Home, as the sacred text seems to suggest, is a dwelling place to rest by knowing and being known. When we know God and are known by Him, fully, yet, accepted despite our sin, we can rest.
Only when man realizes his sin has destroyed his home, on a global level (Rom. 8:22) and a familial level (Gen. 4), and accepts God’s plan of restoration can the soul start to make peace with this world. Only in knowing and being known can our spirit be at ease. First and foremost, with God.
Christians, then, are continuing the dominion mandate; yet fulfilling a different mission. The dominion mandate was to transform the earth into the Garden of Eden. Scholars tell us that the Garden seems to have been the ‘backyard,’ as it were, of God’s house. Adam was tasked with spreading that garden. That is, to turn the world into an extension of God’s home.
The dominion mandate is a home-building mandate; creating the context where we can rest in each other, by knowing and being known. The Fall of Adam has devastated our homes; in fact, we have forgotten how to turn a house into a home.
A house is a place to eat, a home is a place to fellowship. A house is a place to sleep, a home is a context to rest. A house provides mere security, a home also provides purpose. That purpose shall ever be, as it was always destined to be, the purpose of ‘glorifying God and enjoying Him forever.’
Citations & References
- L. Michael Morales, ‘The Tabernacle: Mountain of God in the Cultus of Israel’, in Ancient Temple Worship, ed. by Matthew B. Brown, Jeffrey M. Bradshaw, Stephen D. Ricks, John S. Thompson(Orem and Salt Lake City, UT: The Interpreter Foundation and Eborn Books, 2014), p. 29.
- Morales, ‘The Tabernacle: Mountain of God in the Cultus of Israel’, p. 29.
- See: From Eden to New Jerusalem, T.D. Alexander; Dominion and Dynasty, S.G. Dempster.
[C]laims of religious experience through music are notoriously hard to evaluate and build upon unless one is prepared to identify at least something of the content of the “religion” in question. The category of “religion” or “religious,”….is a massively contested one, as is the belief that there is some kind of locatable core or essence of “religious experience.” Unless we are willing to clarify what we might mean by asserting that, for example, music puts us in touch with God (for the Christian, as for any theistic faith, this would mean with a quite specific God, we will be powerless in the face of the skeptic, who will see such claims as no more than hyperbole for a fervent emotional experience or as a way of masking our desire to have some kind of ultimate authority to back up our musical tastes! In short, a laudable attempt to connect with musical experience in the culture at large can easily trade away the distinctives of Christian faith, leaving the church more irrelevant than ever.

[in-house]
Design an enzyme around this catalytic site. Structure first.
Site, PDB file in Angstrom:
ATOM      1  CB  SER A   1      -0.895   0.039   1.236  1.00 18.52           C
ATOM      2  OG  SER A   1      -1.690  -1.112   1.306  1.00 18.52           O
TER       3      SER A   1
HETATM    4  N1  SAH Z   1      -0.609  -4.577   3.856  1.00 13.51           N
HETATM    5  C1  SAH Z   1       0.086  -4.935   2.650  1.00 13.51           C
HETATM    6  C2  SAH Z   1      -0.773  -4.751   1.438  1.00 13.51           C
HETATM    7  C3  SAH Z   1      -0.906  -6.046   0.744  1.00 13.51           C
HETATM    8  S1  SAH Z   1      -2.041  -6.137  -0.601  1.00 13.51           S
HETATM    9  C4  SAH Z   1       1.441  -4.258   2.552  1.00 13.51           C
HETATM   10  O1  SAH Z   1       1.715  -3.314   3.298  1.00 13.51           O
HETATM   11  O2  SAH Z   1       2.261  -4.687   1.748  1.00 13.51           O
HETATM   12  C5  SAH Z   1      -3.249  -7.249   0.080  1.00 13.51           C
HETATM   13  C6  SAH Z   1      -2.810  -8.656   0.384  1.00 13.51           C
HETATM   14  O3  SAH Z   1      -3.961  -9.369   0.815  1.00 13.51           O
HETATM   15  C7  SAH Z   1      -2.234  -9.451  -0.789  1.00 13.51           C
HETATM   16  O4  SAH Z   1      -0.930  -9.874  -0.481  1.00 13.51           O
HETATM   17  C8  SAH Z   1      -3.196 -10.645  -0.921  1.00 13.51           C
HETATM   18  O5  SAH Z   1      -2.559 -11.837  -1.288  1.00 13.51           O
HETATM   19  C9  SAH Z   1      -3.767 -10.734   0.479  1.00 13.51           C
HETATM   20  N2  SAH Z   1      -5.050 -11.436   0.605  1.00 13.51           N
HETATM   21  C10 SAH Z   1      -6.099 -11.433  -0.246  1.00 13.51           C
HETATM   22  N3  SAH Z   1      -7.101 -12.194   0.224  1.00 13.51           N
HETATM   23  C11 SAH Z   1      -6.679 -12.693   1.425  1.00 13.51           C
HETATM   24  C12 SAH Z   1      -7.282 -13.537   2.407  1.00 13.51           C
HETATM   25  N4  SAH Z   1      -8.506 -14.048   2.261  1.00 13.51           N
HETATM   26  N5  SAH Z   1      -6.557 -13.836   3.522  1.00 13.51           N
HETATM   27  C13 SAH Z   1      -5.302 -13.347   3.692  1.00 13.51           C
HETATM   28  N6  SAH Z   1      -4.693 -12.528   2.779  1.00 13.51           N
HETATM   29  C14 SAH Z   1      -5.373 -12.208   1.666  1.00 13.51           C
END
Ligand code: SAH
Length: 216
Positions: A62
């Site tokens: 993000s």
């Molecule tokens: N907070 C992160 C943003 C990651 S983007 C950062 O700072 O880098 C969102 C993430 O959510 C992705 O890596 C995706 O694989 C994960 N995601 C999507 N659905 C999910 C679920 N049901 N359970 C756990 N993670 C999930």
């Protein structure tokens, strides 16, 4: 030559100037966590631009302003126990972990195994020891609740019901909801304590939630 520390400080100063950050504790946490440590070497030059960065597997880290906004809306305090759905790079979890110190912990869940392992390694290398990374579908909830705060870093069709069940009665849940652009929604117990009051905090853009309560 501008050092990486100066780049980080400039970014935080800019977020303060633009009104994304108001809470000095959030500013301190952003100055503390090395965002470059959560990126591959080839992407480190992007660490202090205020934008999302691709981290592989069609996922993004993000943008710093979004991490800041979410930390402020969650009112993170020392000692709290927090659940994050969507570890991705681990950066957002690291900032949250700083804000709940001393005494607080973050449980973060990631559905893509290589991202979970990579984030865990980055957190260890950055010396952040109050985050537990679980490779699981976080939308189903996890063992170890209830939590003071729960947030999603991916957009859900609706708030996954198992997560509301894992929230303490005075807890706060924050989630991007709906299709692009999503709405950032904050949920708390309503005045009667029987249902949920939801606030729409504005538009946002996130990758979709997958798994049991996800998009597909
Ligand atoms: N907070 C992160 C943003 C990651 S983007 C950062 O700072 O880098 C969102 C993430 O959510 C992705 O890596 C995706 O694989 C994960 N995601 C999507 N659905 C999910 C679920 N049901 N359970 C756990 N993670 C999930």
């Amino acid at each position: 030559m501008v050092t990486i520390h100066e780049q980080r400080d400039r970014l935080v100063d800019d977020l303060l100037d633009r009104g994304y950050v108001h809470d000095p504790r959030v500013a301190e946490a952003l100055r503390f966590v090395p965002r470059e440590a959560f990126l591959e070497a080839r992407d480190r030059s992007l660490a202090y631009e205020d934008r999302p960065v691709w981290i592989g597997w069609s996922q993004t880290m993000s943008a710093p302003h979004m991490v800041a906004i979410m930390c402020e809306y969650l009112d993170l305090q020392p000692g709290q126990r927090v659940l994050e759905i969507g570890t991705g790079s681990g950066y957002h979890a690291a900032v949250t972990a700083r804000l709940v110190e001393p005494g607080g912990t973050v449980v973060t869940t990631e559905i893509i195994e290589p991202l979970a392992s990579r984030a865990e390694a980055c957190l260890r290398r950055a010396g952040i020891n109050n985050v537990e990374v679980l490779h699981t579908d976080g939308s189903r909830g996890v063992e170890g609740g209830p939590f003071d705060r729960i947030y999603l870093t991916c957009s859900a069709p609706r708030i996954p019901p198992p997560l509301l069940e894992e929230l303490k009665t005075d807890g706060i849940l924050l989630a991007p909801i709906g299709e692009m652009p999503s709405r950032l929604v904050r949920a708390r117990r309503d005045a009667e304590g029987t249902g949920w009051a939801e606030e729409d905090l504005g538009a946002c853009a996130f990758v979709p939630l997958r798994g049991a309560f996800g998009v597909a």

Citations & References1. Essays on Religion, Science, and Society, by Herman Bavinck, Baker Book House, 2013, p. 270.
2. Joseph Cardinal Ratzinger, The Ratzinger Report: An Exclusive Interview on the State of the Church, edited by Vittorio Messori (San Francisco: Ignatius Press, 1985)
3. Essays on Religion, Science, and Society, by Herman Bavinck, p. 255. 4. Ibid., p. 256.
5. I admit that this is unsatisfactory, in that Bavinck would say that beauty is revealed in the true statement and the good action, but it does not directly address the question of the truth and goodness in, say, music or paintings. But at the risk of redundancy, a painting is not really an argument, except by way of metaphor.
6. Resounding Truth: Christian Wisdom in the World of Music, by Jeremy Begbie, SPCK, 2008, Kindle loc. 217.
Robert J. McPherson IISee More Essays
Robert J. McPherson II is a graduate of RC Sproul’s Reformation Bible College with an honors degree in theology. He has an MA in Philosophy from the University of Buckingham; conducting research under the guidance of Sir Roger Scruton. His thesis is on personal responsibility and social justice.